Teaching our TAs: enhancing educational training for geoscience graduate students
Thursday 4:30pm-5:30pm Red Gym
Dana Thomas, The University of Texas at Austin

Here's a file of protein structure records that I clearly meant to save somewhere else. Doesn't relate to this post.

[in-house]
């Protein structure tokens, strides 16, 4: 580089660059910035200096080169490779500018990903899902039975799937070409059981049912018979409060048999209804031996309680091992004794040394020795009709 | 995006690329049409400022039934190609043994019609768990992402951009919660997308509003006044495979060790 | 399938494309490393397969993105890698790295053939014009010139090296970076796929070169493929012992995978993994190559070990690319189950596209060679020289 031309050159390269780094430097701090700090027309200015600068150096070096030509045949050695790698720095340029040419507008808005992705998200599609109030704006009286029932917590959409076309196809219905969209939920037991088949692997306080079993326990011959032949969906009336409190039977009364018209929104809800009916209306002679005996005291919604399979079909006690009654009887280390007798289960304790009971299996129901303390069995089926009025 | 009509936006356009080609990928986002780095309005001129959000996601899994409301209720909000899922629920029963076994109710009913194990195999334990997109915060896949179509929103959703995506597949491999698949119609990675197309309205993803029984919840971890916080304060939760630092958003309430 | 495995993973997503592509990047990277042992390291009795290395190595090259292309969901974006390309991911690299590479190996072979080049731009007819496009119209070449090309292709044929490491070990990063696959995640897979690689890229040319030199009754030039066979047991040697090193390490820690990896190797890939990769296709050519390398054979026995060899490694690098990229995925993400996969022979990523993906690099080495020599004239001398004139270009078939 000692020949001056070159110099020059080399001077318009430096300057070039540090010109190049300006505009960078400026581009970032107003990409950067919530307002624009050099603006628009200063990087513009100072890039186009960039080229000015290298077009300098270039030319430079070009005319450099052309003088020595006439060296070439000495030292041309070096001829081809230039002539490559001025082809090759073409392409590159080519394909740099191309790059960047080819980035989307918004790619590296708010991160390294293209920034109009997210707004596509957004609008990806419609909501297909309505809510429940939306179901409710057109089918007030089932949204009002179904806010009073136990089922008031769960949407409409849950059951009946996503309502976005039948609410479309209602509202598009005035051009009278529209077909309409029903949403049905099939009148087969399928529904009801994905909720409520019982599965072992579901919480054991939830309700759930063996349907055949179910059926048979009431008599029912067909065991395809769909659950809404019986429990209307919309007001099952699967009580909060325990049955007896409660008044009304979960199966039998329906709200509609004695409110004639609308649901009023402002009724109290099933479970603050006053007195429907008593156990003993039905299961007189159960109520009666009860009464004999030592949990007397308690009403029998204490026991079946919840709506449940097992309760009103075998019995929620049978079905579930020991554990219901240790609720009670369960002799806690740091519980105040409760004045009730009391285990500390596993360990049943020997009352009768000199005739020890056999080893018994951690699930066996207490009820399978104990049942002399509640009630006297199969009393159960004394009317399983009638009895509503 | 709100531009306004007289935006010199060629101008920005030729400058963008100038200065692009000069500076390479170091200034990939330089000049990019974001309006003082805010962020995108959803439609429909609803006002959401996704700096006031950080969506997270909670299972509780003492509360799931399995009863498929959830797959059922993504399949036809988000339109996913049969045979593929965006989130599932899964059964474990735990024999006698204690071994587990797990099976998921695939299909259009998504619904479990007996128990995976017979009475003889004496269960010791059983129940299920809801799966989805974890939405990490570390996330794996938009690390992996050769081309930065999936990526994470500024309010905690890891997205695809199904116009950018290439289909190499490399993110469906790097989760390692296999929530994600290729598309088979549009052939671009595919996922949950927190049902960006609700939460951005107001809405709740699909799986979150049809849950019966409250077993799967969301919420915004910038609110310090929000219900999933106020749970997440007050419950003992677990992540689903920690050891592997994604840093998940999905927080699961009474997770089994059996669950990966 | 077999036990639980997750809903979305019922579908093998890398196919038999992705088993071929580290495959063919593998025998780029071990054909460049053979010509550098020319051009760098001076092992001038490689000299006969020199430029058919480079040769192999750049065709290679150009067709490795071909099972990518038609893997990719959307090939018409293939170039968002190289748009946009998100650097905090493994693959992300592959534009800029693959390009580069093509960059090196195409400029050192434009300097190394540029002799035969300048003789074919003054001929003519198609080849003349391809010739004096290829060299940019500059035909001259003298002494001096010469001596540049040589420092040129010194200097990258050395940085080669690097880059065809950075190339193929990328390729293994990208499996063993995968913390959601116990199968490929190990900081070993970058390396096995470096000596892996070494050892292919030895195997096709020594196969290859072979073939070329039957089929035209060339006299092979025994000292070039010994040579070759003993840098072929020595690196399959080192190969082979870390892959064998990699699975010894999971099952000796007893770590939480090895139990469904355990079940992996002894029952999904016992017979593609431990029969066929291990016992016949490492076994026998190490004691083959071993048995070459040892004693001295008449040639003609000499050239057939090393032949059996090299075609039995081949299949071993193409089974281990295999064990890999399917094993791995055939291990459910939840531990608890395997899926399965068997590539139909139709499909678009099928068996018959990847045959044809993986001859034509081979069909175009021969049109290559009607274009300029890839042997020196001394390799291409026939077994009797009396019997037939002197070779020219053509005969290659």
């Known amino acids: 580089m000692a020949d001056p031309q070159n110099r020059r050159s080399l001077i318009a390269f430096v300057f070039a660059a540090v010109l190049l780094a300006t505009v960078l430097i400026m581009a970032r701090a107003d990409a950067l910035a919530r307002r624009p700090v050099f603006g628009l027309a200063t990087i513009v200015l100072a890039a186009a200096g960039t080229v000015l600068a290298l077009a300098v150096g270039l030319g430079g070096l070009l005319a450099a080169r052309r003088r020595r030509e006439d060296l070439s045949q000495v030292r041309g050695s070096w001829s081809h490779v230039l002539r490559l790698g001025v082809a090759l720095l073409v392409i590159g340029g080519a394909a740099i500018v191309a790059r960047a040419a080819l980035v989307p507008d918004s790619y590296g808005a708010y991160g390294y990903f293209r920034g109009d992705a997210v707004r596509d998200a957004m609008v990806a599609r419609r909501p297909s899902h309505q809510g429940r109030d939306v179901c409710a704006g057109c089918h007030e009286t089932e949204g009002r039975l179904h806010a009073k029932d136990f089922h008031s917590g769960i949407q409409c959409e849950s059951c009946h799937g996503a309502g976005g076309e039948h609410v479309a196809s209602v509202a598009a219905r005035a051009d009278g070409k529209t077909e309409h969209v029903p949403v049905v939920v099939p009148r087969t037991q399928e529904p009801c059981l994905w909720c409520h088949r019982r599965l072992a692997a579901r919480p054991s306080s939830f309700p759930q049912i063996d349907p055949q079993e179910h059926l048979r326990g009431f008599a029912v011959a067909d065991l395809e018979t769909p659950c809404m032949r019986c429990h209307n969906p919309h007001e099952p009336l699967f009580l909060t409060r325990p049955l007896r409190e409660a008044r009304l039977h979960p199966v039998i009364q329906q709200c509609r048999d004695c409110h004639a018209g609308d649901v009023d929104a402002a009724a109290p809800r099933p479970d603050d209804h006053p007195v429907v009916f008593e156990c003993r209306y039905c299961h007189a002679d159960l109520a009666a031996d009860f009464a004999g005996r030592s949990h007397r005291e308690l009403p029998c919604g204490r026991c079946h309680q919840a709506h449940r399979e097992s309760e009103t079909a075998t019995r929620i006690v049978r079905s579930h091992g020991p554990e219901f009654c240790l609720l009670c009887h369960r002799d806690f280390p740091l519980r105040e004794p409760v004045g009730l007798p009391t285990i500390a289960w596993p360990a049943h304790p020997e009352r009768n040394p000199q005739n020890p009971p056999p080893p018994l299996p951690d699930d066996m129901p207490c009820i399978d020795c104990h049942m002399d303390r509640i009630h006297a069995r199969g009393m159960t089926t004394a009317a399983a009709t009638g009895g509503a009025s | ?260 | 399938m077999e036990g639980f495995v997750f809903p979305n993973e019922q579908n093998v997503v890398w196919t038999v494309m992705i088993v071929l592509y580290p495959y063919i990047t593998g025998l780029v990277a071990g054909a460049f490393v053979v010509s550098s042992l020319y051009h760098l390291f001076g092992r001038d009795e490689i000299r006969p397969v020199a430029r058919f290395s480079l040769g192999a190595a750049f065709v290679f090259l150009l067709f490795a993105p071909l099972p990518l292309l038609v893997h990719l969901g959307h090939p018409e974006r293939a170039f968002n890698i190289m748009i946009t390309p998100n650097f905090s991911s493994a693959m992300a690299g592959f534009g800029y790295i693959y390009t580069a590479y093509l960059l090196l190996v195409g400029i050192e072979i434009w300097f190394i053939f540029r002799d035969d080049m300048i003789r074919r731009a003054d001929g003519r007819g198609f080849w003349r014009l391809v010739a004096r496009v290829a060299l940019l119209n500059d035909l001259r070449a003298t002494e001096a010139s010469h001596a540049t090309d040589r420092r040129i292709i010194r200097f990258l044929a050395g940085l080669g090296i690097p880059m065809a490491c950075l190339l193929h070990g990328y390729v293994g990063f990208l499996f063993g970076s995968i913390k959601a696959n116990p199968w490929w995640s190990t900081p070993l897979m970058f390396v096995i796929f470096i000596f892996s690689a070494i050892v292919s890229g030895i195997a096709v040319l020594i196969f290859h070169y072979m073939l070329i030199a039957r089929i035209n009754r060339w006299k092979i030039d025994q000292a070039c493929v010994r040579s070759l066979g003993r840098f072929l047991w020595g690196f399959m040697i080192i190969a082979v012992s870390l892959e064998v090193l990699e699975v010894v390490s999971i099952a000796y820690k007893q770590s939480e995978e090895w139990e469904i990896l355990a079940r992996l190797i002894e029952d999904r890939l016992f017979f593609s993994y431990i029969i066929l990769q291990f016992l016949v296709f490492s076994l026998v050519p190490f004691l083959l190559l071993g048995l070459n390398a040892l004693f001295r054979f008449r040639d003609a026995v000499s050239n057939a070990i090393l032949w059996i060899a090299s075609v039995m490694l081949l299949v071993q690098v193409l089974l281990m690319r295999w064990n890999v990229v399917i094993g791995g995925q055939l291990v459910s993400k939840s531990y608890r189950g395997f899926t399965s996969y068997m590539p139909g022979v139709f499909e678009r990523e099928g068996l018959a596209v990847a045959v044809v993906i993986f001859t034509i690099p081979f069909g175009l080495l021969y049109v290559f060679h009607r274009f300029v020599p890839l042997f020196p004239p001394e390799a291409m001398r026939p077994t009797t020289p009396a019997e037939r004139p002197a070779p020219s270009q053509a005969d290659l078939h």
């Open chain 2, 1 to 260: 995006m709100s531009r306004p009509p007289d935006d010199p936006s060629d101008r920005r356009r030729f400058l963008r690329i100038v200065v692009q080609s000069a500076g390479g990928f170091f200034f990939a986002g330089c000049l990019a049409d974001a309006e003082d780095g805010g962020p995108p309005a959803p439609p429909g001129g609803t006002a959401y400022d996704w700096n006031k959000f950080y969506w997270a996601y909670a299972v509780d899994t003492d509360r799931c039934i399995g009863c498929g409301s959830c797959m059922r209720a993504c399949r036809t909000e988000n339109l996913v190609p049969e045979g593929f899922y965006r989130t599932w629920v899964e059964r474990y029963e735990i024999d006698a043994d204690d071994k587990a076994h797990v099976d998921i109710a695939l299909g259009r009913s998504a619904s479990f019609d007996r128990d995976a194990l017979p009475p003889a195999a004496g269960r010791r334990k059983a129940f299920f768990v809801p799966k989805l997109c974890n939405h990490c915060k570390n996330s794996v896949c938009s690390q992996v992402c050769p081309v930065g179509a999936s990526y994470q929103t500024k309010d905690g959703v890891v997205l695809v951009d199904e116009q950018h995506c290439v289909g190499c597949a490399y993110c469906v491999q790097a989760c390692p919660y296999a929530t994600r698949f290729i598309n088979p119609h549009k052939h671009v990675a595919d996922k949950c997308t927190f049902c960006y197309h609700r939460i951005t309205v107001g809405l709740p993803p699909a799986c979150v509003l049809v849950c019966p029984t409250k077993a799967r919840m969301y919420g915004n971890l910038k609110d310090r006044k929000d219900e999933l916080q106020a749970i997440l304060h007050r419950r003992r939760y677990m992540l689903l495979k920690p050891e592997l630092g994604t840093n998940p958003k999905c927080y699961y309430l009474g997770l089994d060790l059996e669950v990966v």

As teaching assistants (TAs), graduate students are often the primary resource in a classroom and serve as the communication gateway between students and instructors. Importantly, they may later become college-level instructors whose primary teaching experience was gained as a TA. Historically there is an assumption that content mastery solely is correlated to teaching success, and, as such, geoscience graduate students typically receive inconsistent and often inadequate pedagogical training. Additionally, the majority of a TA's responsibilities are frequently unrelated to teaching. In response, and following an assessment of graduate student needs in the Department of Geological Sciences, we have (1) initiated a developmental program on teaching and learning and (2) implemented an "Instructor-TA Agreement" to improve communication between course instructors and TAs. To expose graduate students to research-based teaching strategies and cultivate a community of engaged educators, we have initiated a program of workshops that extends skills development beyond the annual TA training session. The workshops are developed and led by graduate students and include topics such as effective questioning; facilitating discussion; fostering an inclusive classroom; and teaching in the field. By taking advantage of existing weekly graduate student seminar timeslots, the workshops have an attendance rate nearing one third of the current graduate student population, significantly greater than the number of TAs per quarter. The departmental "Instructor-TA Agreement" serves at the least to outline in writing the course-specific responsibilities of the TA, and, more substantially, encourages the instructor and TA to discuss potential opportunities for the TA to gain teaching experience, such as through creating a problem set, facilitating an in-class exercise, or delivering a lecture. Our efforts are leveraged by the rich resources of Stanford's Vice Provost for Teaching and Learning, which include university-wide workshop materials that we have modified specifically for the geosciences.